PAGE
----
We all need to be more creative in choosing the words we use on LinkedIn to describe ourselves and our successes. Otherwise our innovative approaches and problem solving solutions will blend in – or feel trite and overused.
Drat. Strike that. I shouldn’t use the terms “creative” or “innovative” or “problem solving” since they show up on LinkedIn’s new list of most overused words on millions of its U.S. profiles. In fact, creative is the most overused catchword in the United States and around the globe, where 135 million people and organizations have LinkedIn profiles. (Full disclosure: It’s also one of my favorites approaches and descriptors and it shows up five times on my LinkedIn profile.)
Since I’m a news hound, let’s provide the 2011 list of top buzzword on U.S. profiles:
- extensive experience
- track record
- problem solving
- communication skills
The earlier list from 2010, which you can see on the LinkedIn blog, includes many of the same words – especially innovative, motivated and proven track record.
“Buzzwords are words we’re lazy with. They’re filler words… the wah-wah words; people just skim over them,” said Nichole Williams, LinkedIn’s connection director and author of three career books. Her profile is not immune – she uses dynamic, though only once in her profile. ”In this kind of competitive marketplace, you have so many people applying for a job. You need to differentiate yourself….You’ve got to stand out from the crowd.”
If you’re really creative (and I think I am), we have results that scream or tap dance or whisper seductively ‘this is so spectacular.’ So hyperlink to samples of your work. Or give specific examples of it. Show the results, don’t say the word.
Think about the word you’re using “in reverse,” she suggested. “You’d never write unmotivated” on your resume or profile. Every person is expected to be motivated. Come up with something more definitive, more action oriented. A journalist (like me) could say “I beat deadlines.” Williams and I came up with other great substitutions, some of which will show up in my profile before yearend.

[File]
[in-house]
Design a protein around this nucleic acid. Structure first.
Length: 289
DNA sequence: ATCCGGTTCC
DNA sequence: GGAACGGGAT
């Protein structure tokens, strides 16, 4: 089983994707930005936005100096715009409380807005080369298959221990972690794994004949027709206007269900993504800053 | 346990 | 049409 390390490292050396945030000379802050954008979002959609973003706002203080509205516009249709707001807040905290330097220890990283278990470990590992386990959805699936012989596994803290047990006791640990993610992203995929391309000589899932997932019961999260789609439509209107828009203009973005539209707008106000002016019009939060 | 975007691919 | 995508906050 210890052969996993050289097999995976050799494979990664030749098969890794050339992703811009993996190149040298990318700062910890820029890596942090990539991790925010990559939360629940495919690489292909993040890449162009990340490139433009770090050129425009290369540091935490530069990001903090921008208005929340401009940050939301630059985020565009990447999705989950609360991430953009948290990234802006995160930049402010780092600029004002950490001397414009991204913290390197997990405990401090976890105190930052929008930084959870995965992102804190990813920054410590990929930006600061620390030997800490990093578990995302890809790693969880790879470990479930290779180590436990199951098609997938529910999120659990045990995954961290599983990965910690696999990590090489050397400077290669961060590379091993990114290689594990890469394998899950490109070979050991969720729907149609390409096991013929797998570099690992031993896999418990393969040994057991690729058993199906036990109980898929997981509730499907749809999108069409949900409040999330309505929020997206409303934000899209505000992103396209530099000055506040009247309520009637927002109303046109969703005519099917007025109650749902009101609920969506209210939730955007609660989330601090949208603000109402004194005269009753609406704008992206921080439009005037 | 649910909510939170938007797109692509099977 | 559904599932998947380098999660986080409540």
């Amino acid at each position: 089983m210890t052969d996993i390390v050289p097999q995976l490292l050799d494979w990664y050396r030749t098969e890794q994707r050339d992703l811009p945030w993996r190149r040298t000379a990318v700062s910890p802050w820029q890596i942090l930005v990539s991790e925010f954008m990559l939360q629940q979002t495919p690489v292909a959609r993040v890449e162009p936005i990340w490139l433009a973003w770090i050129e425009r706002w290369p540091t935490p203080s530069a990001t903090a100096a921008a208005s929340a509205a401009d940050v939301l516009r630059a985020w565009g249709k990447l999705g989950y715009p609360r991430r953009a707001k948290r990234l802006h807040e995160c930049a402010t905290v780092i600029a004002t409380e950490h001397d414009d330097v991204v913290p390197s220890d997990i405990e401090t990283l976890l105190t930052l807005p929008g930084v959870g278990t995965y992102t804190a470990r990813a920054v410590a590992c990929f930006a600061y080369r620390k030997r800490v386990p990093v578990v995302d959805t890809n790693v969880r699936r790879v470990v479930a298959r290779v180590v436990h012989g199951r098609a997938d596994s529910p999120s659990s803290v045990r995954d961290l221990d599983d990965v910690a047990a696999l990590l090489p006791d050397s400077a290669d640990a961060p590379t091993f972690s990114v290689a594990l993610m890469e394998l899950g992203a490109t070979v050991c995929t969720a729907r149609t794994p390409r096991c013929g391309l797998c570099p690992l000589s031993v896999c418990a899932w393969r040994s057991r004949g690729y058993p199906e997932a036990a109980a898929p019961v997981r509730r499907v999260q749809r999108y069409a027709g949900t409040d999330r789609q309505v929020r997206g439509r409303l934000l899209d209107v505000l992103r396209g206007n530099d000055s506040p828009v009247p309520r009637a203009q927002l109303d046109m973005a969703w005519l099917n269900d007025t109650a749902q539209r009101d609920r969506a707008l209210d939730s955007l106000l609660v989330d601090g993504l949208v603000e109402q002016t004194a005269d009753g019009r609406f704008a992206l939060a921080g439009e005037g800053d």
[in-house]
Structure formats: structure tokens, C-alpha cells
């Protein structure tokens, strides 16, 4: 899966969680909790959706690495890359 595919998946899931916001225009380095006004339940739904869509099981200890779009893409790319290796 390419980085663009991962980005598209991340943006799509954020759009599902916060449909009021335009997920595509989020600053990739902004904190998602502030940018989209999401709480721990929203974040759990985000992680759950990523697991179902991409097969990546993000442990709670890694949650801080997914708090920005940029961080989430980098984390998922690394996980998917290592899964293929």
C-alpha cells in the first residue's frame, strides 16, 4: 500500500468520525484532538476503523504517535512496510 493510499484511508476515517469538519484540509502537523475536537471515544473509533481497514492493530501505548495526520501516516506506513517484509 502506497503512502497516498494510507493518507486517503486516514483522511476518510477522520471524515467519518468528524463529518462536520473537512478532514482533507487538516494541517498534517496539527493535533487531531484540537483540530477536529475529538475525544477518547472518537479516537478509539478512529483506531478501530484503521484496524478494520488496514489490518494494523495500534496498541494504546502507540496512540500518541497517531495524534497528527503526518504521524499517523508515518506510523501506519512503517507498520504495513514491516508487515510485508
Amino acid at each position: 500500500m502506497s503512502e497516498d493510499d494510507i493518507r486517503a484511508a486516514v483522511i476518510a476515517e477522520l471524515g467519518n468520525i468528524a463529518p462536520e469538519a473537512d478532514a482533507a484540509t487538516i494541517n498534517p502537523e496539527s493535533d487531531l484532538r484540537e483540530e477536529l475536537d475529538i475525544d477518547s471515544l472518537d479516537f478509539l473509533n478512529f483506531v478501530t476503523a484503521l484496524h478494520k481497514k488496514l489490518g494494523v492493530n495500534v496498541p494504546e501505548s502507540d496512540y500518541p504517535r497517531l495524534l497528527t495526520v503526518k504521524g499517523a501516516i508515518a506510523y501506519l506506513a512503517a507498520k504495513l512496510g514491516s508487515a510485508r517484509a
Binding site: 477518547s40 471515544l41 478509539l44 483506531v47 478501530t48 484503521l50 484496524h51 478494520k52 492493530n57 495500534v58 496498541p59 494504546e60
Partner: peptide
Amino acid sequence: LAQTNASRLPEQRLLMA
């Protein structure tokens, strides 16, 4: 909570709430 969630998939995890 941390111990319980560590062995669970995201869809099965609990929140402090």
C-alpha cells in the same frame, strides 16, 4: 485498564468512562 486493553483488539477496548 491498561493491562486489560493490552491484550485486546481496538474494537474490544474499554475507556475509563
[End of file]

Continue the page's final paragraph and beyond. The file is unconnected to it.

So Set aside 90 minutes on two or three different days to revise and reinvent your LinkedIn profile. When you pull up your profile or your resume, unleash your inner editor and get ah inventive. Think of a short descriptive phrase that captures you and your essence.Pull out the thesaurus. Try creating a six-word autobiography – or see the most compelling career summaries collected in a book called 6 Words About Work by Mercer and Smith magazine.
Kick out those overused words and invite in something fresh, enthralling, delectable.
“Instead of using adjectives to describe yourself, you want to illustrate it,” said Donna Schilder, a career and leadership coach who offers a LinkedIn video seminar series and blog. If you want to show you’re a team player, talk about the times you’ve led the team or supported the team. Use the word “we” which indicates your collaborative nature. Schilder also suggests adding numbers to show the scale and measure the impact. If you don’t have specifics, estimate the change you helped to produce.
Consider the impact too you’re going to have when your descriptions and detail grab a future employer by the heartstrings or the lapels. You’re memorable and remarkable – and you’re hired.
When Williams. was looking for an office assistant, she chose someone whose resume highlighted her “enormous capacity for work.” “That’s why I hired her,” said Williams. “Don’t be afraid to describe yourself in terms that will catch someone’s attention.”